Abilene Reporter News, May 26, 1954

Abilene Reporter News

May 26, 1954

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Issue date: Wednesday, May 26, 1954

Pages available: 58

Previous edition: Tuesday, May 25, 1954

Next edition: Thursday, May 27, 1954

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Publication name: Abilene Reporter News

Location: Abilene, Texas

Pages available: 994,916

Years available: 1917 - 1977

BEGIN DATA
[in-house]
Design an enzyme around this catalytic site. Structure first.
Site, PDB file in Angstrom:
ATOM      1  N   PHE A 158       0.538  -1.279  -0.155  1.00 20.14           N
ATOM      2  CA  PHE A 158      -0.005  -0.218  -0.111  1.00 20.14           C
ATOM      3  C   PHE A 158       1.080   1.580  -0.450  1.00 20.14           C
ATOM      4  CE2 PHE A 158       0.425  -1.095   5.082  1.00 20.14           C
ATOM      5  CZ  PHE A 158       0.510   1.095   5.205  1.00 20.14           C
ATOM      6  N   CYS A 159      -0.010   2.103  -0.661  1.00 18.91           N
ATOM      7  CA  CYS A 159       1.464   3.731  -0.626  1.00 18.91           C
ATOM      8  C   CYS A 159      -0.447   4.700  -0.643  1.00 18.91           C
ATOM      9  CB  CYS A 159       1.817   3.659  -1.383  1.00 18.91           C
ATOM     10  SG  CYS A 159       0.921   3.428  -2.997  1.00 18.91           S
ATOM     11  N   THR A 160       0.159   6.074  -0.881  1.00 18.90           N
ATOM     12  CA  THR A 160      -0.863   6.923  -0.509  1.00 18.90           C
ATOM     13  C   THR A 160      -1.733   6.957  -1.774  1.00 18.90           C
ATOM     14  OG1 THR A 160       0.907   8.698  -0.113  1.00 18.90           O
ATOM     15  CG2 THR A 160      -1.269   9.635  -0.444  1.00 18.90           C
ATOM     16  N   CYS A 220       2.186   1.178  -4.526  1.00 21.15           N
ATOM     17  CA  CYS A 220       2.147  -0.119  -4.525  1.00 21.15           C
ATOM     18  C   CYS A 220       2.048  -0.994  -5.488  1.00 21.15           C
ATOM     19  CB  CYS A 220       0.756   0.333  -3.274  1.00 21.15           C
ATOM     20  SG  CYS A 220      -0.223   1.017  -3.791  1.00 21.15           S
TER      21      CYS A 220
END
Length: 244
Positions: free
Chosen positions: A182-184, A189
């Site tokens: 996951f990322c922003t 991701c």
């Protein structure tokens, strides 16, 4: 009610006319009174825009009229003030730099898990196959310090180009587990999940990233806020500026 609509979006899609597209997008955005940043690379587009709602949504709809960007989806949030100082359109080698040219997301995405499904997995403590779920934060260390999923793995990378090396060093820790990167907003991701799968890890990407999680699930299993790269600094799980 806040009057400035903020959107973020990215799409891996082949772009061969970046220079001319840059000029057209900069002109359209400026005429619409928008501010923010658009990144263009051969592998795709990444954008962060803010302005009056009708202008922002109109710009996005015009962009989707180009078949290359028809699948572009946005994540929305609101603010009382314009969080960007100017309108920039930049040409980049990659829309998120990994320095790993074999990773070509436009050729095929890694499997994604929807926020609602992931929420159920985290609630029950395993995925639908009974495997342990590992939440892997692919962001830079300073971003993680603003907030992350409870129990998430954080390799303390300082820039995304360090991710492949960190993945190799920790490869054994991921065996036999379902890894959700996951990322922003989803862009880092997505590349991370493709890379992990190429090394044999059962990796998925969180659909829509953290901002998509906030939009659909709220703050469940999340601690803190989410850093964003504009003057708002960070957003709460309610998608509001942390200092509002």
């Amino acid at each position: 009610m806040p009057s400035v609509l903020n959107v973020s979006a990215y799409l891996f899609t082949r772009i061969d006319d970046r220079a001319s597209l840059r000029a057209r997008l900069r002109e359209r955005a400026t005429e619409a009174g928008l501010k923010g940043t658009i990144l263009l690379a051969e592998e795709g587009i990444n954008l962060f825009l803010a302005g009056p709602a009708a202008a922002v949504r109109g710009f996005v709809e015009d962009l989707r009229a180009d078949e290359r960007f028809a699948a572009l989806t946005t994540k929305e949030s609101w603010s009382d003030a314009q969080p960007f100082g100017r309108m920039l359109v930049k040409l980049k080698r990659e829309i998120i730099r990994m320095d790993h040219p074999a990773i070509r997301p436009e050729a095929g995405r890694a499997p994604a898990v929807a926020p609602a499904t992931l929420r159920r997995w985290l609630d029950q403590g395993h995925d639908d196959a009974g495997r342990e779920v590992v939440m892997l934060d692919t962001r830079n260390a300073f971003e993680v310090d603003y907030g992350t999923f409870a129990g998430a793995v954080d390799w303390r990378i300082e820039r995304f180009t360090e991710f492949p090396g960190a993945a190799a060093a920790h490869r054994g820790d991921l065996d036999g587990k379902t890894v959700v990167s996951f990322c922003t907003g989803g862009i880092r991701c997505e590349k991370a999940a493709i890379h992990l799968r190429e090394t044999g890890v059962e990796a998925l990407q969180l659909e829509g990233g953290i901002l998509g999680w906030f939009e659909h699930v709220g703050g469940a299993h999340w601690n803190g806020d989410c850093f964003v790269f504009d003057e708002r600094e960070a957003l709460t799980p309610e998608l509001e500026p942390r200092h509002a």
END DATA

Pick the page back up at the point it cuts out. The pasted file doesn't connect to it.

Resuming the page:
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Abilene Reporter News (Newspaper) - May 26, 1954, Abilene, Texas CLOUDY, WARM VOL. LXXIII, NO. 342 1-4 -/04 Abilene Reporter "WITHOUT OR WITH OFFENSE TO FRIENDS OR FOES WE SKETCH YOUR WORLD EXACTLY AS IT GOES"—Byron !/ EVENING FINAL Associated Press ABILENE, TEXAS, WEDNESDAY EVENING, MAY 26, 1954—TWENTY-EIGHT PAGES IN TWO SECTIONS PRICE DAILY 5c, SUNDAY 10c Sen. Sparkman Hits Lagging GOP Policies WASHINGTON upi - Sen. Sparkman (D-Ala) said today the White House is “attempting to lay the groundwork to alibi an almost total lack of legislative progress by this Republican Congress.” Sparkman and Sen. Russell (D-Ga) derided a claim by Bernard M. Shanley, President Eisenhower’s special counsel, that Democrats are placing “important roadblocks” in the path of Eisenhowers legislative program and at the same time trying to ride Eisenhower's coattails to victory in the coming congressional elections. ‘Riding Coattails’ Sparkman, his party’s 1952 vice presidential candidate said it looked to him as though Eisenhower “is riding the coattails of the Democrats, with his proposals in the field of social security and housing.” The Alabaman said these were “extensions” of Democrats’ ideas. And Russell said Eisenhower could not reconcile his request for a constitutional amendment to lower the voting age to 18 on a national basis with the President's “many campaign statements” that he “believed in and would foster” states’ rights. Russell led the opposition when this proposal was defeated last week in the Senate. In a speech Monday night, Shan-Icy listed three items in the president's legislative program which he said the Democrats had tried to block: Taft-Hartley Act revision, administration tax proposals and the teen-age vote plan. Demos Love Ike The tax bill passed the House, but only after a stiff fight over Democratic efforts to raise person al income tax exemptions. The 18-year-old vote and Taft-Hartley revision proposals were both killed in the Senate. Pottht ARMS FOR GUATEMALA NEIGHBORS—The arrow indicates the reported route of arms airlift from the United States to Nicaragua and Honduras which was announced by the State Department. There was no definite announcements of when the shipments start but there were reports they were being flown from Mobile, Ala., on the Gulf of Mexico. The two nations are neighbors of Guatemala, shaded, which State Department officials have said received arms from Communist Poland last week. Fire Razes Navy Ship; 100 Die, 220 Injured Neighbor Changes Testimony on Will Baptists (all For 'Rights' MINNEAPOLIS LTV—The American Baptist Convention today was acting on a “statement concerning freedom,” calling for a fight against “a tyranny that seems to respect neither rights of individuals nor thé democratic processes of our nation.” “There are individuals and groups in American life so intent upon combatting the menace of communism that they adopt the very principles and methods which make communism frightening,” the statement read. While no names were mentioned, delegates accepted the paper as a thinly veiled reference to Sen. Joseph McCarthy <R-Wis) and his Senate investigating group. It was prepared by a church committee. The statement went on to say the truth was being slanted for ulterior purposes or submerged in suspicion and fear as these individuals and groups. WHAT'S NEWS ON INSIDE PAGES NURSE TALKS—French nurse captured at bien Bien Phu tells her story. — Page 14-A SIGNAL SWITCH — Changes ere made in traffic light system on South First St. — Page 1-B. OLDEST CITIZEN — Oldest citizen of Coleman County dies at age of 105. — Page 1-B. DRIVE OPENS — Abilene Symphony Orchestra opens dnve for $ I 5.400. — Page 7-B. Special to The Reporter-News MONAHANS. May 26 — A neighbor of the late Mrs. Rebecca Estes Gray revised her testimony on cross-examination here Wednesday to describe odd actions of the woman as indication of “poor judgment” rather than of a childish or unsound mind. Mrs. H. B. Carr came back to the stand today as the contest of Mrs. Gray’s will went into the third day in district court here. Thirty kinsmen of Mrs. Gray, mostly cousins, are seeking to break the will which divided Mrs. Gray’s estate among four Methodist institutions, including McMur-ry College of Abilene. The relatives are termed “contestants” in the case. They claim Mrs. Gray was of unsound mind and unduly influenced by institution representatives. The Methodist insitutions and administrators of the stale, called the “proponents” in the case, introduced their testimony Monday and Tuesday to show that Mrs. Gray was not of unsound mind when she made her will. Mrs. Carr was one of three contestant witnesses on the stand Wednesday morning. Tuesday she had told of odd habits and unusual customs of Mrs. Gray and termed her with a child-like mind. Under cross-examination by William Kerr, longtime friend and attorney for Mrs. Gray. Mrs. Can-revised her opinion to describe Mrs. Gray as having “poor judgment” rather than being of unsound mind. Kerr also brought out in his questioning that Mrs. Carr once asked Mrs. Gray to loan her money and Mrs. Gray refused. Dr. F. J. Prout of Monahans, who said he was Mrs. Gray's physician, displayed X-rays taken „of the woman shortly before she died in an El Paso Hospital. Both sides have agreed she died of cancer of the brain. But they differ on how long she had the disease before her death. Dr. Prout testified he did not notice any indication of it until March, 1952. Her will was made prior to that time. A different estimate was presented today on the value of Mrs. Gray’s estate. Testimony by the proponents was that it was worth just under a half-million dollars. G. L. Buckle, Monahans geologist who specializes in secondary recovery of oil through water-flooding, estimated today that the total recovery of oil might eventually bring the value of the property in dispute to between $2 million and $2.7 million. On cross-examination by Kerr, Buckle admitted it was difficult to make an exact estimate because of so many variable elements. He said, also, that the wells involved are in an “old” oil field and might be approaching the end of primary production. The wells are in the North Ward Estes Field, 10 miles south of Wickett in Ward County. Judge G. C. Olsen, who is hearing the case, Tuesday warned attorneys against side remarks during heated disputes. Hottest arguments of the trial have been between John Watts of Odessa, attorney for the contestants, and Carl P. Springer of Abilene, an attorney for the proponents. Rebels Form Big Pincers On French HANOI, Indochina itf*—'Vietminh troops moving east from captured Dien Bien Phu suddenly veered north today in an apparent attempt to encircle French defenses in the vital Red River delta. The shift of Gen. Vo Nguyen Giap’s Communist-led legions was believed designed to form a giant pincers squeezing the delta’s northern perimeter while other Vietminh troops threaten it from the west. The French sent out U.S.-supplied B26 bombers and Corsairs to air strike was concentrated on troops bunched near Nha Phu, about 90 miles southwest of Hanoi. In the delta itself only light action was reported. Twelve rebels were killed as French warplanes pounded Vietminh forces harassing outposts southeast of Hanoi. Meanwhile, the airlift of French wounded from Dien Bien Phu continued. The French command said 148 were flown out last night, bringing the total evacuated to 710. The French hope to wind up the shuttle today. The rebels have given permission to evacuate a total of 858. The French command in Saigon said it will build up 13 new military units from the reserves of Viet Nam battalions lost at Dien Bien Phu. A spokesman said, with reinforcements expected from France, the new units will total some 12,000. This is about the number lost at Dien Bien Phu. The spokesman said the new units would be sent in to holster the imperiled delta. USS Bennington Gutted at Sea QUONSET, R. I. (/P)—More than 100 men died and 220 were injured early today in two explosions and a fire aboard the aircraft carrier Bennington as she cruised along the eastern coastline. The craft came into this port shortly after noon today, her decks lined with tired crewmen, their faces blackened bv smoke.    t------------------ GENERAL WITH CHART—Gen. Cornelius Ryan, commander at Ft. Dix, N. J., holds one of the charts produced by the Army as he testified Tuesday at the McCarthy-Army hearing. This chart shows, according to the Army, Pvt. G. David Schine’s absences from Ft. Dix, where he took basic training. Ryan testified the McCarthy subcommittee staff repeatedly asked special leaves for Schine. JOE STALKS OUT Schine À WOL, Captain Declares Biller Union Dock Workers Voting Starts in New York India Gets New Aid NEW DELHI. India W - The United States made another $350,-150 available to India Tuesday to aid in the training of workers, especially women. NEW YORK un - The bitter union fight for the right to represent 25,000 dock workers reached a portwide vote today in a National Labor Relations Board election. Heavy police details patrolled the waterfront to prevent repetition of the intimidation and strong-arm tactics which caused the results of a pre-Christmas election to be scrapped. Last-minute claims of victory were made by spokesmen for both the International Longshoremen’s Assn. (ILA) and the rival AFL-ILA. The count will start at an armory here at 8:30 p.m. and the result may be in by midnight. The NLRB assembled a staff of 191 officials from as far away as Denver to supervise the election. With feelings running high between adherents of the rival un ions, Police Commissioner Francis W. H. Adams put 2,500 New York policemen on waterfront patrol. On the New Jersey side of the vast port hundreds of police were detailed on the waterfront. The ILA, which ruled waterfront labor for decades before it was ousted from the AFL for harboring racketeers, took another body blow on the eve of the election. Federal Judge David N. Edelstein placed it in receivership yesterday. Edelstein appointed Raymond J. Scully, an official of the New York State Bar Assn., as receiver. Scully’s responsibilities will end if and when the ILA raises the $50,000 needed to pay a contempt of court fine imposed for its recent strike in defiance of a federal injunction. ILA Executive Vice President Patrick J. Connolly said last night that individual members of the union had volunteered to mortgage their homefe to pay the fine. Connolly said the union hoped to get the money together before the receiver actually took control today. The ILA’s cash has shrunk to a $12,000 bank account, and even that has been attached by the government in a move to assure payment of the fine. The hitter waterfront campaign for members has been waged at ever-increasing tempo since the AFL established the AFL-ILA aft- WASHINGTON ^-Pvt. G. David Schine’s company commander testified today Schine took New Year's leave from Ft. Dix, N.J., in violation of instructions but was allowed to remain at home after Roy Cohn telephoned the fort. Capt. Joseph J. M. Miller said he reported Schine as “absent without leave” but that no disciplinary action was taken against Schinc. and Schine’s service record does not show lie was AWOL. During his testimony Miller also said he never gave any “preferential treatment” to Schine, and that neither Sen, McCarthy nor any of McCarthy’s aides ever asked him to do so. Trip to Florida Miller’s story of the New Year's incident capped earlier testimony that Schine once apparently tried to offer him a trip to Florida, and also told him he was in the service “to remake the American military establishment along modern lines.” Miller said he had scheduled Schine for guard duty Dec. 31 and had specifically instructed him he was not to leave the post without Miller’s authority. Miller said he also had advised Schine that because Schine had a Christmas pass, he would not be entitled to a pass for New Year’s Day. He said he considered that Schine was absent from the company area, without permission, and ordered a search for him which disclosed Schine had signed out of the fort on a pass to New York as of 11:30 a.m., but that actually he had left prior to 10:45 a.m. when the search was begun. Miller said the arrangement was er ousting the ILA last fall for failure to clean out racketeering I that all passes for Schine were to elements.    I    clear through Miller and Schine Negroes Glad School Ban Out By EARLE WALKER MIXING WHITE and Negro pupils in public schools will benefit both races, said most Abilene Negro citizens interviewed this week. Twenty-five of them were asked for opinions on the U. S. Supreme Court’s ruling that segregation is unconstitutional. That verdict apparently will put an end to the placing ot colored and white students in separate schools. As to whether they favor the court’s action, the score of Abilene Negroes’ answers was: For the ruling, 18; against, 4: no comment, 3. Persons interviewed included church pastors, a Methodist elder, parents and grandparents of pupils, old-timers whose children have finished Abilene schools, business and civic leaders and former school teachers. Those favoring the change-over said it will lead to better understanding between the races. They felt it will make greater job opportunities and better education for Negro youths. One said the end of segregation is a forceful blow to Communjst propaganda. NOBODY INTERVIEWED foresaw any trouble here as a result of the change, Several said white and Negro children will get along all right, if the adults will. A number of those favoring mixed schools expressed hope the switch will be made gradually and be worked out carefully. A few feared that Negro teachers will lose their jobs. Of the lour speaking against the mixing of pupils, one said he didn't think Negroes are ready for that change. Another thought it would be better for the Negroes to have separate schools, if their facilities are equal to the whites’. A third said she didn’t care anything about having Negro pupils are: T. J. Stones, 749 Mesquite St.; Mrs. Allen White, 856 Mesquite St., and Mrs. Lilian Cumby, 734 Plum St. Both of Stones' children have completed high school here, and he has grandchildren who will be in Abilene schools. Mrs. White has a child in high school. Mrs. Cumby is another long-time Abilenian. WILL HENDERSON, 601 North Eighth St., secretary of the Negro Chamber of Commerce, was one of the four persons opposed to mixing of the races in the schools. His two children were educated in Abilene. and are now in New York. Said Henderson: ‘ 1 don’t think we are quite ready for the change. I think our Negro teachers should have better education for their jobs. 1 believe ihe facilities for Negroes and whites should be attend white    schools.    A    fourth    equal. But I’m.not so anxious at thought    it    best    to    keep    the    schools    the present time to make the separate, but she added. “Our Ne gro elementary school surely needs a lot more things, though,” The three who declined comment said they haven’t studied the matter enough to voice opinions. They change.” Others against the court ruling were: Mrs. E. A. Sims, 431 North Seventh St.; Mrs. J. M. Branch, 609 Plum St.: and Mrs. C. A. Dean, 509 State St. Mrs. Sims said, however, that the local white schools offer pupils a lot more subjects than do the Negro schools. Her opinion seemed more nearly “middle-of-the-road” than outright opposition to mixing the pupils. But she did say, “If the white people will give the Negroes the same books they have, it will be better for the Negroes to stay to themselves in the schools.” MRS. SIMS has three children in elementary, and two in high school here. Mrs. Branch has a granddaughter in elementary school, and has lived here 15 or 20 years. Mrs. Dean has three grandchildren in Abilene schools. All the other 18 interviewed were in favor of mixing Negro and white pupils in the schools. They praised the Supreme Court’s ruling. Mrs. Sam Curtis, 630 Washington St., is district president of the Negro Parent * Teacher Association. She said: “By being together, pupils will get the same instruction. I believe ,a Negro student who has gone through a mixed school stands better chance of a good job. He will have passed the identical work as a white pupil. One point I won der about, though, is whether most Negro teachers will be out of jobs when the change happens.” Mrs. Curtis has three grandchildren in Abilene schools. Her three children went all the way through the local school system. The Rev. Joseph T. Garnet, 725 Plum St., is pastor of Bethel AME (Methodist' Church. His statement: was not to leave on any other authority. Miller said Roy Cohn, chief counsel to the McCarthy subcommittee, called at 3 o’clock that afternoon to say Schine would be working on subcommittee business “throughout the weekend.” Under questioning by Sen. Symington <D-Mo), Miller said he considered Schine’s absence was “absence without leave” and so reported to his regimental commander, who in turn reported to Maj. Gen. Cornelius Ryan, the fort commander. Sen. McCarthy protested that much of Miller s testimony was irrelevant to the issue of w*hether he and his aides pressured for preferential treatment of Schine. At one point. McCarthy arose, announced he was leaving until the “drivel” was over, and stalked from the room. He came back in about 20 minutes while Miller was still testifying. Brief Hassle McCarthy and Symington <D-Mo) got into a brief hassle when McCarthy referred to James A. Wechsler, editor ot the New York Post, as a one-time “top official of the Communist party.” Symington said there was “no justification for the statement Symington said it was his understanding Wechsler has testified that when he was “around 17, 18 or 19 he was a member of the \oung Communist League, that he left that organization, and that since then he has been more and more active against Communism.’’ The McCarthy-Symington row blew up when McCarthy questioned Miller about a series of articles in the New York Post on Schine’s life at Ft. Dix. McCarthy called the Post “a Communist sheet.” McCarthy declared the only time Symington “raises his voice” is to defend communism. He told Symington he had a former Communist sitting right behind him—Miss Elizabeth Bentley. Miss Bentley, who says she was once a courier for a Communist spy ring, has been a frequent wit See SCHINE, Pg. 2-A, Col. 4 Ens. Robert Grant of Brooklyn, N. Y., his own ankles bleeding, told newsman “all I can say, is God I’m lucky to be alive.” He was directing the evacuation of the casualties as he spoke. Two Explosions Grant estimated the first of two explosions occurred about 6:15 a.m. today. He said: “I was in the forward hangar bay when 1 heard general quarters alarm sounded. I listened for a moment and suddenly it dawned on me that there was no report that this was a drill.” The disaster probably was one of the worst in Naval peacetime history. There were 170 men missing or killed in 1952 in a mid-Atlantic collision between the destroyer Hobson and the carrier Wasp. A shift of helicopters carried many of the seriously injured ashore to the Newport Naval Hospital across the bay from here as the 32,000-ton Essex class carrier moved toward port. There was no immediate explanation of the explosions but one Ye-port said high octane gas was in volved. Grant said the fire evidently was caused by two explosions, one before the general quarters alarm was sounded and one afterward. Grant said: “Five guys went to the hatch and I saw them pulling on it. Suddenly a terrific explosion shook the ship and blew the hatch in. The five guys just vanished.” Grant said the hangar suddenly filled with smoke and that there must have been 30 or 40 men around, some choking and some coughing and others “just plain screaming.” Crew Fights Blaze Grant said “we all gripped another’s hands and the lead man made his way to an opening to the starboard side forward. “My ankles are raw and bleeding,” he said, “but that is nothing, nothing at all compared to what happened to some of my buddies.” Grant said the fire crews fought the blaze almost as soon as it started and were still fighting it j Loyally Board Investigates Dr. Bunche THE WEATHER U.S. DEPARTMENT OF COMMERCE WEATHER HI REAP ABILENE AND VICINITY — Partly cloudy and warm Wednesday. Wednesday night and Thursday; high Wednesday 85; Jow Wednesday night 65; high Thursday 85 WEST TEXAS — Partly cloggy through Thursday with widely »catteren afternoon and evening thunderstorms. Warmer Ihi* afternoon.    _    ‘ EAST and SOUTH CENTRAL TEXAS -Considerable cloudiness and mild scattered showers and thundershowers through Thurs-. .    ,,    ,    ;    day.    Moderate    moatly    southeast winds on IT IS MY opinion that America "he coast TEMPERATURES See SHIP, Pg. 2-A, Col. NEW YORK (ffu-Dr. Ralph J. Bunche, a top United Nations official. spent most of yesterday and last night closeted with a U. S. loyalty board, and the board chairman said “no inference should be drawn from the fact ” Bunche, who won the 1950 Nobel Peace Prize for achieving an armistice in the Holy Land, is now principal director of the U. N.’s Department ot Trusteeship. While Bunche was meeting with the loyalty board, two former members of the National Committee of the Communist party were admitted to the hearing room in the Federal Building. The two were Manning Johnson and Leonard Patterson. After the 12-hour session broke up, a statement was given to newsmen by Pierce J. Gerety of Southport. Conn., chairman of the U. S. International Organizations Employes Loyalty Board. Gerety safd Bunche, like every olhcr American citizen employed by the 40-odd international organizations to which the United States belongs, has been investigated under executive orders issued by former President Truman and President Eisenhower. Reports of these investigations are turned over to the International Organizations Employes Loyalty Board, he added, and then stated: “Therefore no inference should he drawn from the fact that he had a meeting with the board today. As a matter of policy the board does not make any comment concerning any individual. The reports of the board’s determinations are in all cases submitted to the secretary general or the executive head of the appropriate international agency through the State De-61 partrnent.” Interest Growing In 'Billfold Bandit' possesses sufficient moral courage to solve amicably any problem with ;which it may be confronted. The rgfcent Supreme Court ruling is the greatest blow to Communism and anti • American propaganda which could have possibly come at such a time as this. I have implicit faith in the character of American Christianity and the spirit of democracy to see it Sec NEGROS, Pg. 2-A, Cel. 1-2 Tue*. P.M. 69    ..... 70    ..... 71    ..... 72    ..... 70    ..... 69    ..... 65    ..... 64    ..... 62 ..... 1:30 2:30 3:30 4:30 5:30 b:30 7:30 8:30 9:30 Wed. A M. ......58   56   57 ......57 ......57  .38  62  71 ......76 ......77  79 60       10:30    ....... 59        11:30    ....... 59      12:30    ............ 81 Sunset last night 7:37 p.m. Sunrise today 5:35 a.m. Sunset tonlfht 7:37 p.m. Maximum temperature lor the 34 hours ended at 6:30 a.m.: 72. Minimum temperature for the 24 hours ended at 8;30 s in.; 55. Abilene police interest in the search for George Chester Sewell, Jr., 21, is growing, Detective Lt. George Sutton said Wednesday. Sewell is wanted elsewhere as a suspect in the theft of more than 100 billfolds from college dormitories. In Abilene, a total of 14 forged checks of which Sewell is the suspect have landed in city police hands. Sewell has been charged in Justice of the Peace H. F. Long’s court here with forgery and passing of a forged $5 check to Lu-cile’s Flower Shop, 426 Cedar St. Long set $1,500 bond, but Sewell hasn’t been found.’ Other forged checks, apparently identical as to the name used and the writing, were passed also in Abilene on May 13, 1954. That was the same day Lucile’s Flower Shop received the forged instrument. Sutton said all 14 checks will be investigated by 42nd District Court grand jury. A felony warrant has been issued here for Sewell on the forgery and passing charge. Other Abilene firms which accepted forged checks May 13 were Caleb Reed’s Men’s Shop, Abilene Printing and Stationery Co., Sweet-briar Shop, The Mackey Co., Camera Inc., George Shahan Pharmacy, Weltman’s, Minter Dry Goods Co., D. & W. Tire Co., Camera Center, Melody Shop, Record Shop, and the M-System Grocery Store on South Seventh St. The forged checks total more than $100. Name signed to the forged checks is “Robert W. McMullan.” McMullan is a Texas Tech stu- v - j is r i ■ •• ■*< "*    -    -* - -; •• i GEORGE CHESTER SEWELL JR. dent whose billfold containing his identification papers was stolen, Sutton related. The McMullan billfold was one of the many recovered at Weatherford in an automobile Sewell had been driving, the detective said. The identification papers were missing, and it is believed whoever stole McMulian’s billfold is using his identification papers to cash forged checks. George Chester Sewell, Jr., was born in Abilene Sept. 27, 1932. His last known address was Lubbock He is six feet tall, weighs 165 pounds, has blonde hair, brown eyes and fair complexion. Peace officers throughout Texas are on the lookout for Sewell. ;